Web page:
I believe in the existence of a perfect balance. I believe that everything has this balance, even happiness. I believe that in this balance the universe is like water seeking an even level of existence. Happiness is just one end of the wheel that pivots around the balance, and this wheel displays all facets of human emotion. The balance is hidden in a shroud of the chaotic life of Man.
I first glimpsed the balance when I was eleven. My family and I had just descended from commercial bliss as we returned from Disneyland. Our bags were full as we carted home plastic treasures of joy and souvenirs of innocent glee. My delight overwhelmed me. I breathed in currents of unyielding greatness that lifted me to a high I had rarely felt before. My family had never been well endowed financially and trips like these were special. I could hardly manage to restrain the smile upon my face as Tink’s fire twinkled behind my eyes.
Then, the wheel turned, pushed by the winds of change. My universe was seeking its level. It tipped to counter the weight of my happiness. My dog had died. Her unusual eating habits proved to be her downfall. Fatefully, she had eaten a dresser knob and died from zinc poisoning. My life seemed to fall around me. My favorite dog, Xena, was gone. She would never again get her black hair on my white shirts or drool on my hands. I didn’t understand the wrenching pain, and how, so suddenly, it had all changed. The mystery of it all, the unfairness, slipped between the spaces in my immature mind. It would take me a long time to piece together why, at the height of my jubilation, the balance smote me.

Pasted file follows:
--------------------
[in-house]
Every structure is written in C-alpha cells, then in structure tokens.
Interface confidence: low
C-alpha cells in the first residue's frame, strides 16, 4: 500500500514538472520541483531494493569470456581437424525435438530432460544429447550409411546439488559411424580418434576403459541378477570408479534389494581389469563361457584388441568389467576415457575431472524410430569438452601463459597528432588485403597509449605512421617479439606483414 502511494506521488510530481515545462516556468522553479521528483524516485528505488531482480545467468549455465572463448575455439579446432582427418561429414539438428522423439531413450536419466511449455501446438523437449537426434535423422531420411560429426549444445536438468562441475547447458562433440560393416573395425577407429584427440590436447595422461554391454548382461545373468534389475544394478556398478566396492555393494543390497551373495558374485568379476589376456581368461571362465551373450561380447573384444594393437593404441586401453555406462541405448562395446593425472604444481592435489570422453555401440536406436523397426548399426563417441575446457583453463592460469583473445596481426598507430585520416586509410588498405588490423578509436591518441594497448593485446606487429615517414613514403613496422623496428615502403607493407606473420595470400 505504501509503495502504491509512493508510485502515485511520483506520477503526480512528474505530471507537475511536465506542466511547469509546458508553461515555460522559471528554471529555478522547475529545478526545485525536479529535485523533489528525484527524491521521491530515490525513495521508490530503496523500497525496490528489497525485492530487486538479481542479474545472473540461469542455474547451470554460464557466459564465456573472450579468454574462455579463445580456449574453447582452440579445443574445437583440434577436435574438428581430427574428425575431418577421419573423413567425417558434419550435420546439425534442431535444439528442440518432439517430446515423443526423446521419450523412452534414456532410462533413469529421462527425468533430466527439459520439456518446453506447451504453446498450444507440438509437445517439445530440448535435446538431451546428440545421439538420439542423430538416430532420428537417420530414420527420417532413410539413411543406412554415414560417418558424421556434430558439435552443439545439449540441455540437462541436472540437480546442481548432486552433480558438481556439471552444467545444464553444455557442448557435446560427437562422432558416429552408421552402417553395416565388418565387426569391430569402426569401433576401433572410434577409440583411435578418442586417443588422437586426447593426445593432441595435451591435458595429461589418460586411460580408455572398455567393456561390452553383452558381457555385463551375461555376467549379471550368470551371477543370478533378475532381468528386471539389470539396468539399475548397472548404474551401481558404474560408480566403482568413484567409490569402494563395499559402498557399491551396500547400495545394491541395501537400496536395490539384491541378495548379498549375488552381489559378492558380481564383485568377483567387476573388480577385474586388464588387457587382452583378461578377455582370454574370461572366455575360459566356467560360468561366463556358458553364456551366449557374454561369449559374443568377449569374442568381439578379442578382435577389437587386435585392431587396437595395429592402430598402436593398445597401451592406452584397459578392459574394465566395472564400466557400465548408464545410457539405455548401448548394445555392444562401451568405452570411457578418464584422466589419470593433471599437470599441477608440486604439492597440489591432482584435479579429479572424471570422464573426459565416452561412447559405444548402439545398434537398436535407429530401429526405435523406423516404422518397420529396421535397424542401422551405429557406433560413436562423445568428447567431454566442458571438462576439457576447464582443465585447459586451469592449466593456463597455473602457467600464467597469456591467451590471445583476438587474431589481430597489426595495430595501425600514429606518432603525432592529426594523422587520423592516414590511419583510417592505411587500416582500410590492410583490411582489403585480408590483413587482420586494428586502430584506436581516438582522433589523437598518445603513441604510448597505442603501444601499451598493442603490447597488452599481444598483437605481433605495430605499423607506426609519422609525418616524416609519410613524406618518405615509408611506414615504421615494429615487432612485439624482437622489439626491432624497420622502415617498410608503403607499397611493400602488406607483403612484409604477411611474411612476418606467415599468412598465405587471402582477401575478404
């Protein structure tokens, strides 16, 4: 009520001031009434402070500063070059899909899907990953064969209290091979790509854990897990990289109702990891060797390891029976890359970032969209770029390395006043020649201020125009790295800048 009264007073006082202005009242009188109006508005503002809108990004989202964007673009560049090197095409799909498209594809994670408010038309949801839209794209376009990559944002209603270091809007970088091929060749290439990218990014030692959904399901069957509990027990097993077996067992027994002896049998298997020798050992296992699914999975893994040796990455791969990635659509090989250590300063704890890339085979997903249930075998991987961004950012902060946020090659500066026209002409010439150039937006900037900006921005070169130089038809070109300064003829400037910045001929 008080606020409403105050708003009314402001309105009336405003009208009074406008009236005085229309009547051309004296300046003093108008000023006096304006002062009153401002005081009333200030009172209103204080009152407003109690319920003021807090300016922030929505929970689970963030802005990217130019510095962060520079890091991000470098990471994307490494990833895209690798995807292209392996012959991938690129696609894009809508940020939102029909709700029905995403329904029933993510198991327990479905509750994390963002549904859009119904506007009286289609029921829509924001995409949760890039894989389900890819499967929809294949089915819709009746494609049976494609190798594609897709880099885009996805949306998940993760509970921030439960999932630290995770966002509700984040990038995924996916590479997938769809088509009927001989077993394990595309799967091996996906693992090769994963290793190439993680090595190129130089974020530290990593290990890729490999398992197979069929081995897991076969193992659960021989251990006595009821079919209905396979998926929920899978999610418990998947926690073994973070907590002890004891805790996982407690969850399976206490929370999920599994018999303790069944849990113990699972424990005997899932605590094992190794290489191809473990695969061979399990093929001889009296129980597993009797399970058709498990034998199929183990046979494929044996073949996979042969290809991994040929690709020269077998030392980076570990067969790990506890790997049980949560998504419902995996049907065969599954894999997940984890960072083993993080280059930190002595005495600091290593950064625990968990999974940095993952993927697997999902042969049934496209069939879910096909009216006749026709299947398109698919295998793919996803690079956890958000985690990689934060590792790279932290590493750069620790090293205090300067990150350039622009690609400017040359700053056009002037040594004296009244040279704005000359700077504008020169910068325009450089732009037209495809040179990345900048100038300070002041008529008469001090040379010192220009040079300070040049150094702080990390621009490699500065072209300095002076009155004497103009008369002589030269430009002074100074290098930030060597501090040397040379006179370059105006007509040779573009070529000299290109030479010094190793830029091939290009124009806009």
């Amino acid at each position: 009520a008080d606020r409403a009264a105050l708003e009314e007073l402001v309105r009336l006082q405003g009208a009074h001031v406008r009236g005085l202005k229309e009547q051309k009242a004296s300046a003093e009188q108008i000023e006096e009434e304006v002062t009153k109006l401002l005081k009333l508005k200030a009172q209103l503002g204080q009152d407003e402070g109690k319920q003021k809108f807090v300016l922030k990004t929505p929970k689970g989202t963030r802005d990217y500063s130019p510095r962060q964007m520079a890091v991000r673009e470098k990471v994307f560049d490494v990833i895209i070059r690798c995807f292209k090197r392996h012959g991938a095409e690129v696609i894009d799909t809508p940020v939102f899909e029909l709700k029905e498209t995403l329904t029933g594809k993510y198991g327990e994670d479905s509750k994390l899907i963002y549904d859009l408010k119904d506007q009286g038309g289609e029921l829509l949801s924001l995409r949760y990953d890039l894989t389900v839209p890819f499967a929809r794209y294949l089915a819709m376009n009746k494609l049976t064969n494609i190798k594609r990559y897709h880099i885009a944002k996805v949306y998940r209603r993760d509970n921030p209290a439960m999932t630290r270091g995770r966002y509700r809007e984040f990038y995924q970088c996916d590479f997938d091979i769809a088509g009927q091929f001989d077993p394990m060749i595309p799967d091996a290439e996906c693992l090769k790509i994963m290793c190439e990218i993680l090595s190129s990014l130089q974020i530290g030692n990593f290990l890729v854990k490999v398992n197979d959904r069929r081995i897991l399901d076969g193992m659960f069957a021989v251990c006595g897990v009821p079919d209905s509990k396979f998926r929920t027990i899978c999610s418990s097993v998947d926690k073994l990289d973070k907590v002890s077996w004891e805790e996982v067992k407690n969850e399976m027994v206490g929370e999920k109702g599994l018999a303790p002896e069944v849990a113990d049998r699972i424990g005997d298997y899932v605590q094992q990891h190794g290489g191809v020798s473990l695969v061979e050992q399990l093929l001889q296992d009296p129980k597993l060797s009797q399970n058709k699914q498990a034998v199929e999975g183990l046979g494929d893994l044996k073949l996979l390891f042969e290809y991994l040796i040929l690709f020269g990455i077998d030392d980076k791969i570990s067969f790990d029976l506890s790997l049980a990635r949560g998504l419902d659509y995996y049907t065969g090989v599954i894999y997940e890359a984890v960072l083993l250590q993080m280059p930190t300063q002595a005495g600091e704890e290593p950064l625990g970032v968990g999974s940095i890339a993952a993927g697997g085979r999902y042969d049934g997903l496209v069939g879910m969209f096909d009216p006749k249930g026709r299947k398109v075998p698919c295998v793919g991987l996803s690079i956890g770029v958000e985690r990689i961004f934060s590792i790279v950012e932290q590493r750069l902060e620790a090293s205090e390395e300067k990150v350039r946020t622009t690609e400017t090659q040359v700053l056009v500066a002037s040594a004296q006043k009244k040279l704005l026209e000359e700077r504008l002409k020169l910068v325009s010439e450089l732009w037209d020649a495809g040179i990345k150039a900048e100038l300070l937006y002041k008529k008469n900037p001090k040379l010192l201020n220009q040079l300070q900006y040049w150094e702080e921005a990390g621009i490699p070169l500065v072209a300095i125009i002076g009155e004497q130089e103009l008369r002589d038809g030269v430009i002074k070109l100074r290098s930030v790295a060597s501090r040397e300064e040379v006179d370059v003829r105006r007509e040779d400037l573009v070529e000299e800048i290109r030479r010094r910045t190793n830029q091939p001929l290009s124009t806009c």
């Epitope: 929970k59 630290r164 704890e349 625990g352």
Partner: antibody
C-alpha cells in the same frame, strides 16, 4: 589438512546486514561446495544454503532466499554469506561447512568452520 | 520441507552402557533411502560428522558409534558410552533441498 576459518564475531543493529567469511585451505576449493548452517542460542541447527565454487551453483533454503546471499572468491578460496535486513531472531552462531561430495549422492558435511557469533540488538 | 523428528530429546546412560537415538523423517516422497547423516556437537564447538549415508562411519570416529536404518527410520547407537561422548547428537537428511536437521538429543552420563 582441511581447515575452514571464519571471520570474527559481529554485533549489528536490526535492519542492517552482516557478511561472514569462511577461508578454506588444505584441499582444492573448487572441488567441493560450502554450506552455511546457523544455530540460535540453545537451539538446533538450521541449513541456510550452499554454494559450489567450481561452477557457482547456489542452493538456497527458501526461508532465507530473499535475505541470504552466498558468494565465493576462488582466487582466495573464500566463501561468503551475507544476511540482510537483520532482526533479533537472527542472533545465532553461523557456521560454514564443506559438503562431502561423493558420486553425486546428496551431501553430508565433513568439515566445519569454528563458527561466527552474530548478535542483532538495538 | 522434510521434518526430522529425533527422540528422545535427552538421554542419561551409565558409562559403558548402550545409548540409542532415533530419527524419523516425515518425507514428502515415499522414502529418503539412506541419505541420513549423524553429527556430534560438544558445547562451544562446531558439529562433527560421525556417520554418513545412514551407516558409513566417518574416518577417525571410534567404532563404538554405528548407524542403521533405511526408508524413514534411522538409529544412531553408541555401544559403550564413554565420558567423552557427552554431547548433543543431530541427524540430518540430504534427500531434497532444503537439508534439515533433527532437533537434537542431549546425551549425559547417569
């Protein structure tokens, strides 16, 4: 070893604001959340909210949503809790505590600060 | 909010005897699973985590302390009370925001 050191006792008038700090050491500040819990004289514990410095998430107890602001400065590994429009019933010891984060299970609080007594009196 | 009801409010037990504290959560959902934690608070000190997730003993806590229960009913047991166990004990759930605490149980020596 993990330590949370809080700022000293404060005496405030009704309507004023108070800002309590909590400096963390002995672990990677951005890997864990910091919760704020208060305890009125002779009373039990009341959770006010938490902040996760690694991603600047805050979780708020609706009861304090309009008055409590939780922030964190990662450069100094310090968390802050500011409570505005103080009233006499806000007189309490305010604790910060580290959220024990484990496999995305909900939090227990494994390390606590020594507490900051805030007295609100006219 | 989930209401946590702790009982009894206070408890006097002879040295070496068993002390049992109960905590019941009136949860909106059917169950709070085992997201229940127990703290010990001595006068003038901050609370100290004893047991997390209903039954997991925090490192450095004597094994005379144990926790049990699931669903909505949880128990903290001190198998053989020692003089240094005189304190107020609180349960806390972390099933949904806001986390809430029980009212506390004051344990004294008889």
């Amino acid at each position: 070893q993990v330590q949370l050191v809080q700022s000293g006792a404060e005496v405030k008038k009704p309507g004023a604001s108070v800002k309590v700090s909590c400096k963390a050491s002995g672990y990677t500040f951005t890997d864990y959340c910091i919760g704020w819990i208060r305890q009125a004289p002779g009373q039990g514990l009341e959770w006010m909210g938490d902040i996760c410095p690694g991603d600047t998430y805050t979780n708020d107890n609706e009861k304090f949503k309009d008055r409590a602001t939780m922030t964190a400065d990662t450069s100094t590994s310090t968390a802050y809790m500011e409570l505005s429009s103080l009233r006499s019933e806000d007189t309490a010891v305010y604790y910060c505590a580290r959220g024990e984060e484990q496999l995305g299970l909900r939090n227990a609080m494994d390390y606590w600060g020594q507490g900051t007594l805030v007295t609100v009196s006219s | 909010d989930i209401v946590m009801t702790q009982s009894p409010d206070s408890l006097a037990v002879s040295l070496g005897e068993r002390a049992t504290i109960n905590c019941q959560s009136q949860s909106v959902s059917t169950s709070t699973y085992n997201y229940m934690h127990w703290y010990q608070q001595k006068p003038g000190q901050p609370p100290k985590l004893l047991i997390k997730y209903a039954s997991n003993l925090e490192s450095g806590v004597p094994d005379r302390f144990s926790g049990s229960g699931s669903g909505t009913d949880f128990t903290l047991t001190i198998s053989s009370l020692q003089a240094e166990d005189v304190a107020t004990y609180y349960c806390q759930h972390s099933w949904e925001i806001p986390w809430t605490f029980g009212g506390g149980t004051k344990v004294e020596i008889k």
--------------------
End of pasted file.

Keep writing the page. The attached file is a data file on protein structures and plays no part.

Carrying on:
On my journey of existential discovery, I would clarify the ambiguity of the balance. One night in eighth grade, my mother drove me home from a dance. We rode in a ’83 BMW. It was a small car, fragile, with no heat. I returned to that overwhelming elation that most of the time is so hard for me to reach. The specifics of this happiness are unclear but I remember expressing to my mother before crashing into a herd of deer, “I just feel so happy, Mom.” Then the balance set it right. Everything that had been going right quickly went wrong. The balance pulled me to Earth.
I began to believe in the balance that night. I have learned since then the balance could also work in my favor. When my world crashed with a seemingly unstoppable momentum towards a dismal future the universe stuck its hand in my fate and churned it about. What the balance can take away, it can also give back. I believe in embracing the balance. I take comfort in the fact that even though change is harsh, change is fair. I believe that in life the highs cancel out the lows leaving only a perfect balance.